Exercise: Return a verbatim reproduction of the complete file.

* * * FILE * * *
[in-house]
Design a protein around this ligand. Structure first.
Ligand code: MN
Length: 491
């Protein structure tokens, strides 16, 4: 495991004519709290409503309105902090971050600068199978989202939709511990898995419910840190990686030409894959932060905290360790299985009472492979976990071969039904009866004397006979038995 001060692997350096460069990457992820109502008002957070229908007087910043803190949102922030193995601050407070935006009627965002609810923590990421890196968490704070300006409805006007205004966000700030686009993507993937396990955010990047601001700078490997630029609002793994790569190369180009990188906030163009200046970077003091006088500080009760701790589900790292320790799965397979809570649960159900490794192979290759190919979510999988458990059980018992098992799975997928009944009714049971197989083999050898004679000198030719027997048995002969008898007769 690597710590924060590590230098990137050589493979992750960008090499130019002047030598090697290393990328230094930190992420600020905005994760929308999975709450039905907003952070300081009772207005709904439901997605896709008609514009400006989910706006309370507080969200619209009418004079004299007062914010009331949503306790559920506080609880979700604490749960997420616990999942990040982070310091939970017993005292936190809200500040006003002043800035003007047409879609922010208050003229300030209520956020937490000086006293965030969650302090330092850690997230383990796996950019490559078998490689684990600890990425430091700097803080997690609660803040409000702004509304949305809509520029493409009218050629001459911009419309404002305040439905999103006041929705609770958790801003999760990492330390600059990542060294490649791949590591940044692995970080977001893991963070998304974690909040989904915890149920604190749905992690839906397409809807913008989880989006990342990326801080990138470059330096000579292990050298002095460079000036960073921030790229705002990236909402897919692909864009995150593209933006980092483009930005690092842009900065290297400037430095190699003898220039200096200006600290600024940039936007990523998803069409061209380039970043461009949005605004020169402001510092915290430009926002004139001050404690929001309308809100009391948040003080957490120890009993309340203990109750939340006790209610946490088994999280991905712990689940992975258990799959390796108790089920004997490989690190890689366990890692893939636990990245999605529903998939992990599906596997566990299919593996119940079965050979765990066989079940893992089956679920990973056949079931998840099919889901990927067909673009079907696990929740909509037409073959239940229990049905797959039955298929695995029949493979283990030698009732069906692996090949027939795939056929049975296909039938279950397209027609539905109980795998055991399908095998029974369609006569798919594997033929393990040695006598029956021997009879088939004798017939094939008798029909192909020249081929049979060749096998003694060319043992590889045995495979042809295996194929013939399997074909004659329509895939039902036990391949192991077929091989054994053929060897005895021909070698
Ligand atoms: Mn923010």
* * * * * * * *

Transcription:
[in-house]
Design a protein around this ligand. Structure first.
Ligand code: MN
Length: 491
């Protein structure tokens, strides 16, 4: 495991004519709290409503309105902090971050600068199978989202939709511990898995419910840190990686030409894959932060905290360790299985009472492979976990071969039904009866004397006979038995 001060692997350096460069990457992820109502008002957070229908007087910043803190949102922030193995601050407070935006009627965002609810923590990421890196968490704070300006409805006007205004966000700030686009993507993937396990955010990047601001700078490997630029609002793994790569190369180009990188906030163009200046970077003091006088500080009760701790589900790292320790799965397979809570649960159900490794192979290759190919979510999988458990059980018992098992799975997928009944009714049971197989083999050898004679000198030719027997048995002969008898007769 690597710590924060590590230098990137050589493979992750960008090499130019002047030598090697290393990328230094930190992420600020905005994760929308999975709450039905907003952070300081009772207005709904439901997605896709008609514009400006989910706006309370507080969200619209009418004079004299007062914010009331949503306790559920506080609880979700604490749960997420616990999942990040982070310091939970017993005292936190809200500040006003002043800035003007047409879609922010208050003229300030209520956020937490000086006293965030969650302090330092850690997230383990796996950019490559078998490689684990600890990425430091700097803080997690609660803040409000702004509304949305809509520029493409009218050629001459911009419309404002305040439905999103006041929705609770958790801003999760990492330390600059990542060294490649791949590591940044692995970080977001893991963070998304974690909040989904915890149920604190749905992690839906397409809807913008989880989006990342990326801080990138470059330096000579292990050298002095460079000036960073921030790229705002990236909402897919692909864009995150593209933006980092483009930005690092842009900065290297400037430095190699003898220039200096200006600290600024940039936007990523998803069409061209380039970043461009949005605004020169402001510092915290430009926002004139001050404690929001309308809100009391948040003080957490120890009993309340203990109750939340006790209610946490088994999280991905712990689940992975258990799959390796108790089920004997490989690190890689366990890692893939636990990245999605529903998939992990599906596997566990299919593996119940079965050979765990066989079940893992089956679920990973056949079931998840099919889901990927067909673009079907696990929740909509037409073959239940229990049905797959039955298929695995029949493979283990030698009732069906692996090949027939795939056929049975296909039938279950397209027609539905109980795998055991399908095998029974369609006569798919594997033929393990040695006598029956021997009879088939004798017939094939008798029909192909020249081929049979060749096998003694060319043992590889045995495979042809295996194929013939399997074909004659329509895939039902036990391949192991077929091989054994053929060897005895021909070698
Ligand atoms: Mn923010």